Lavin's Tuesday Press Conference

Head Coach Steve Lavin talks about the win over Alabama, the difference in the team, and the shift in defense which contributed to it...

With the UCLA basketball players taking final exams this week, Head Coach Steve Lavin faced the press alone this Tuesday. Here are his answers to various questions tossed his way:

Question: Were you surprised at how well the team played against Alabama?

Lavin: No. We have a lot of veterans and they've lost games before, or they've played badly before. They know it's a long season, a lot of up and down, and they know they're expected to bounce back after a bad game.

Question: Are you experimenting with using bigger lineups?

Lavin: Yes. We're also experimenting with smaller lineups. You might see a lineup with Dan, TJ and Matt together, with Matt playing the 3. With our zones, 1-2-2, 2-3, Matt can be very effective out on the wing.

Question: Isn't Matt better as a "4"?

Lavin: In some matchups, yes. Against Alabama, we were able to use him to handle the fullcourt pressure when Jason or Dijon were playing the point. Against other teams, Matt can play more of a wing position.

Question: You said you weren't surprised at how well you played against Alabama. Do you think you played well because it was a game on national TV against a ranked opponent?

Lavin: No. We are playing better because at the start of the season I made the mistake of extending our defense. We played the wrong defense against Ball State and Pepperdine and lost. So we went to the matchup zone and now we are putting our players in a position to win instead of putting them in a position to lose. It was my fault, as the coach, not the player's fault. Of course, playing at the Pond, we get great fan support there. The team was surprised at how loud it was, because they're not used to having a home court advantage like that.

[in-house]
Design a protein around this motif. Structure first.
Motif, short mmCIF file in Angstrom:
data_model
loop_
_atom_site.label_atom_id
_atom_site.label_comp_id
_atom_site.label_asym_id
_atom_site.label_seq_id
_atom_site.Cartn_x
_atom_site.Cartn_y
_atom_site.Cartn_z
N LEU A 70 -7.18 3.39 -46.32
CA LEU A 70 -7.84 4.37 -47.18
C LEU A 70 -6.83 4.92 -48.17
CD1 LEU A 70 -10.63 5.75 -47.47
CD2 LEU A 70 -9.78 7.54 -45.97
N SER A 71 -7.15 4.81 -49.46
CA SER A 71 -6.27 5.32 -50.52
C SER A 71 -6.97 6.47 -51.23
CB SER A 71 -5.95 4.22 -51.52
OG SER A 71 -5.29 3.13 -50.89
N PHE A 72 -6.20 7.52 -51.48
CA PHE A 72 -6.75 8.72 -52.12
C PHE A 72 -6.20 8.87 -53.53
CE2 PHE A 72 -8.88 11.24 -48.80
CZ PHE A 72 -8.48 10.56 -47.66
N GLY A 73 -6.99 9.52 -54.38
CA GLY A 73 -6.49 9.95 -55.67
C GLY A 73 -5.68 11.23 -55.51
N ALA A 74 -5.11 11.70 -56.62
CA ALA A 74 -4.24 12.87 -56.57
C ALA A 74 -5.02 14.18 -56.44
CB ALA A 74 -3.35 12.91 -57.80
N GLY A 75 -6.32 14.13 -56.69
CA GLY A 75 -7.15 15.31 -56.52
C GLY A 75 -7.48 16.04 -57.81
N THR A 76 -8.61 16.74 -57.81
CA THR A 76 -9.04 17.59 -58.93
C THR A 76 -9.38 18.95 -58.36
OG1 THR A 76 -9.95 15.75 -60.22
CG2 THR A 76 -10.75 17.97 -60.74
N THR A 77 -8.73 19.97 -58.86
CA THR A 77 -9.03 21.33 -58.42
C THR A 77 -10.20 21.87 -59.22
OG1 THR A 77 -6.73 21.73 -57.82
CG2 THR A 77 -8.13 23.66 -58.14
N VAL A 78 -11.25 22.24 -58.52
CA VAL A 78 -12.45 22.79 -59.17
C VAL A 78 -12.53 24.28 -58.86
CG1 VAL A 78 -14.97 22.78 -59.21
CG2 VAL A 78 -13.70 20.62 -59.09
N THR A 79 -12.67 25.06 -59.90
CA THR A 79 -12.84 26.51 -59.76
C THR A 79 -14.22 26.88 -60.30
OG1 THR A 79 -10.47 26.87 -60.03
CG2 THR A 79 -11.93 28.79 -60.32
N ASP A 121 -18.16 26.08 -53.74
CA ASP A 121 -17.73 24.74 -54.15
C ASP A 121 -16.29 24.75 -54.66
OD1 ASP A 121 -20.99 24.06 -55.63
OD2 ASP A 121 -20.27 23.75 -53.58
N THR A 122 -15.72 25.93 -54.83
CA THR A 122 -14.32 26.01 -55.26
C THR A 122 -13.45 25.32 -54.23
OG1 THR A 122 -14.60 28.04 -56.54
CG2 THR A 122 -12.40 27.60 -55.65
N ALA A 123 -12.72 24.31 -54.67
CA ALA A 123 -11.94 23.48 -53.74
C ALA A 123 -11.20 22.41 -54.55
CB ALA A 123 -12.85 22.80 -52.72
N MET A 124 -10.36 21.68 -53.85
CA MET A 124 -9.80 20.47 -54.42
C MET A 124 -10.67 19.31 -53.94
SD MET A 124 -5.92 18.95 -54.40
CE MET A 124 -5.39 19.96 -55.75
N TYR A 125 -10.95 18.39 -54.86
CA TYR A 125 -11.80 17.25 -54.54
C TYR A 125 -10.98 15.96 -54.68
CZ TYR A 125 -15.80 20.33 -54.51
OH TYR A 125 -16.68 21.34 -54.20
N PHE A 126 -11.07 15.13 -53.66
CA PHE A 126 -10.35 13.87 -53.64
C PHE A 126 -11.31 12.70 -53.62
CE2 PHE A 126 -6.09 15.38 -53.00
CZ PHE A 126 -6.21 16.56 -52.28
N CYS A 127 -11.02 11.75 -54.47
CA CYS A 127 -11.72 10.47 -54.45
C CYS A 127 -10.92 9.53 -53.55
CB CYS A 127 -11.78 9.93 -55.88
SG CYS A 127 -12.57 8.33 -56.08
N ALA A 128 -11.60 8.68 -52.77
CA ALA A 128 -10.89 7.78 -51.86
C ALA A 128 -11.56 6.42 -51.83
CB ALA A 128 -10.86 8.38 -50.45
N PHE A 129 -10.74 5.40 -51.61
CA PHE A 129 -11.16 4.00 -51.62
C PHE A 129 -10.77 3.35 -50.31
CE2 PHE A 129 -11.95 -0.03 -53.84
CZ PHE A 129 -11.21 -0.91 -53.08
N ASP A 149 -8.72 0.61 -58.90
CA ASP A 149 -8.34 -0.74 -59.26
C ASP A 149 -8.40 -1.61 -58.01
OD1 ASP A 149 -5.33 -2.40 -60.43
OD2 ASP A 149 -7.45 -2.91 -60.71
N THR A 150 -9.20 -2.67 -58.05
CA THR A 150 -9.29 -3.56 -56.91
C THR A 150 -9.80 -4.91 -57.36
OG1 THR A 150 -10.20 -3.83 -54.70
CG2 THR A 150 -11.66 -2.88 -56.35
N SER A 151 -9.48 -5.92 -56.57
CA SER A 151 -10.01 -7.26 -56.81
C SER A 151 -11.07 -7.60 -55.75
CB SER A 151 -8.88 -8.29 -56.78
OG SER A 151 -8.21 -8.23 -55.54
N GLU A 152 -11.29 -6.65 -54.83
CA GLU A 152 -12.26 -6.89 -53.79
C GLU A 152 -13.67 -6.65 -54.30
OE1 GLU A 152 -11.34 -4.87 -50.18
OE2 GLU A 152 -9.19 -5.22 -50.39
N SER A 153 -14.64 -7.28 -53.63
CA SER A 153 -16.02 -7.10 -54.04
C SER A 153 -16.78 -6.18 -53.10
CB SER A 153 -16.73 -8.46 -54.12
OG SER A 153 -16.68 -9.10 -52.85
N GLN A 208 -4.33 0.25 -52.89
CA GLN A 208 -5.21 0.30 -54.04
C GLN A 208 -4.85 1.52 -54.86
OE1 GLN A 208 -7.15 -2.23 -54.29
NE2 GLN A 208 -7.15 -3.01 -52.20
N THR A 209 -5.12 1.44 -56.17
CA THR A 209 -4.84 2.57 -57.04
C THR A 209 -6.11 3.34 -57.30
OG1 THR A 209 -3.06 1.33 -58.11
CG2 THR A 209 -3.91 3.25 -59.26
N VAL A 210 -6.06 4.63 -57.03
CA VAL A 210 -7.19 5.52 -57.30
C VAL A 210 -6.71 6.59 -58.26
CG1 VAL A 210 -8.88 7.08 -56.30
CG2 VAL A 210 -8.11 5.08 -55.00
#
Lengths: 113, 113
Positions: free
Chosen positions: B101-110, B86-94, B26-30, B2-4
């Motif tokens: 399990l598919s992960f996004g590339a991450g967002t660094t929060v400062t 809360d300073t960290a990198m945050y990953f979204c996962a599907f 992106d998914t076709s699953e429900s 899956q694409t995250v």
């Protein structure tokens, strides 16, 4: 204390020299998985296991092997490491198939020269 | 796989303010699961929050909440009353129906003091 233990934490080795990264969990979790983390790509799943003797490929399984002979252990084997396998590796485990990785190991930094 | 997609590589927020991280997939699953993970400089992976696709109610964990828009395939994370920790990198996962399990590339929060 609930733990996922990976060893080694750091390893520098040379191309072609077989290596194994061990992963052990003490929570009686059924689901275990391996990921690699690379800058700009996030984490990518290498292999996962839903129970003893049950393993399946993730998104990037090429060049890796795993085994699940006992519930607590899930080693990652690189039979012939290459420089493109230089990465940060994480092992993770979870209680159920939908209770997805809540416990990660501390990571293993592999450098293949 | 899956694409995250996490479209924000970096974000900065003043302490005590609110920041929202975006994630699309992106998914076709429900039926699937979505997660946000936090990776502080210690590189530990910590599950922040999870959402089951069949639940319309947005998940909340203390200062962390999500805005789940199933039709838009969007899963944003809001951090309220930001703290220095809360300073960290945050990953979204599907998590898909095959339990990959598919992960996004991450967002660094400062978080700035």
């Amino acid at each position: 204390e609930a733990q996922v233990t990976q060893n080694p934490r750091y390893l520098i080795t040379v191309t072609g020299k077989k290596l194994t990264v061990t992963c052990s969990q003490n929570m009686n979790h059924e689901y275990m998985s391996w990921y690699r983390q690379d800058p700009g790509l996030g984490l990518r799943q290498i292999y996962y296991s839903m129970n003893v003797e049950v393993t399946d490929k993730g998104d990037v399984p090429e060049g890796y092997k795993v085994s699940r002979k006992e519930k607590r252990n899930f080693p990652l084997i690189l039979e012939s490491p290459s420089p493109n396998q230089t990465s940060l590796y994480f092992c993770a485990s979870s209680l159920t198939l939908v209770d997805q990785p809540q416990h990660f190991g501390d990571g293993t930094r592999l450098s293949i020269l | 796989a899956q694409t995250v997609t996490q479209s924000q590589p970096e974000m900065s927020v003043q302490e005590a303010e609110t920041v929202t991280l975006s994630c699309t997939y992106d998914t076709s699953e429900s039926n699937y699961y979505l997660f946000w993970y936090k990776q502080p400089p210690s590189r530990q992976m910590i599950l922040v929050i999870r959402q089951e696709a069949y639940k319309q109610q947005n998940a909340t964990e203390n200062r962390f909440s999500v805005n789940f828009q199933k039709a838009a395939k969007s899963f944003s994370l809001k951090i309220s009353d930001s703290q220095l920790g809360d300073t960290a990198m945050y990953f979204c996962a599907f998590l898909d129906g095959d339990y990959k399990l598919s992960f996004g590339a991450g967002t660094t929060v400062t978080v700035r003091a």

Question: Matt Barnes played a lot of minutes in the Alabama game and he played very well. Did you know going into the game that you were going to play him a lot of minutes or was that something that just evolved as the game went on?

Lavin: It was a combination of both things. He played great in practice all week long. Plus, we wanted him to matchup with Rod Grizzard, and we knew Alabama would press us and with two big men in the lineup we knew Matt would give us a great pressure release bringing the ball up against their defense. So, the plan was for him to play a lot. And then, he did play very well.

Question: How do you stop a player like Jerry Green (of UC-Irvine)?

Lavin: He's as prolific a scorer as there is on the west coast. He can hit the 3, break you down off the dribble. We just need to have a collective awareness of where he is on the court at all times and make sure a man has a hand in his face, try to deny him the ball. We have started installing the half-court traps that worked so well for us last year, traps along the baseline, the sidelines, like we did with Granville and Gardner last year, and hopefully that will allow us to apply more pressure and still settle back into our zone quickly.

Question: You said at the beginning of the year that you would play fullcourt pressure for 40 minutes. That obviously didn't work. What went wrong?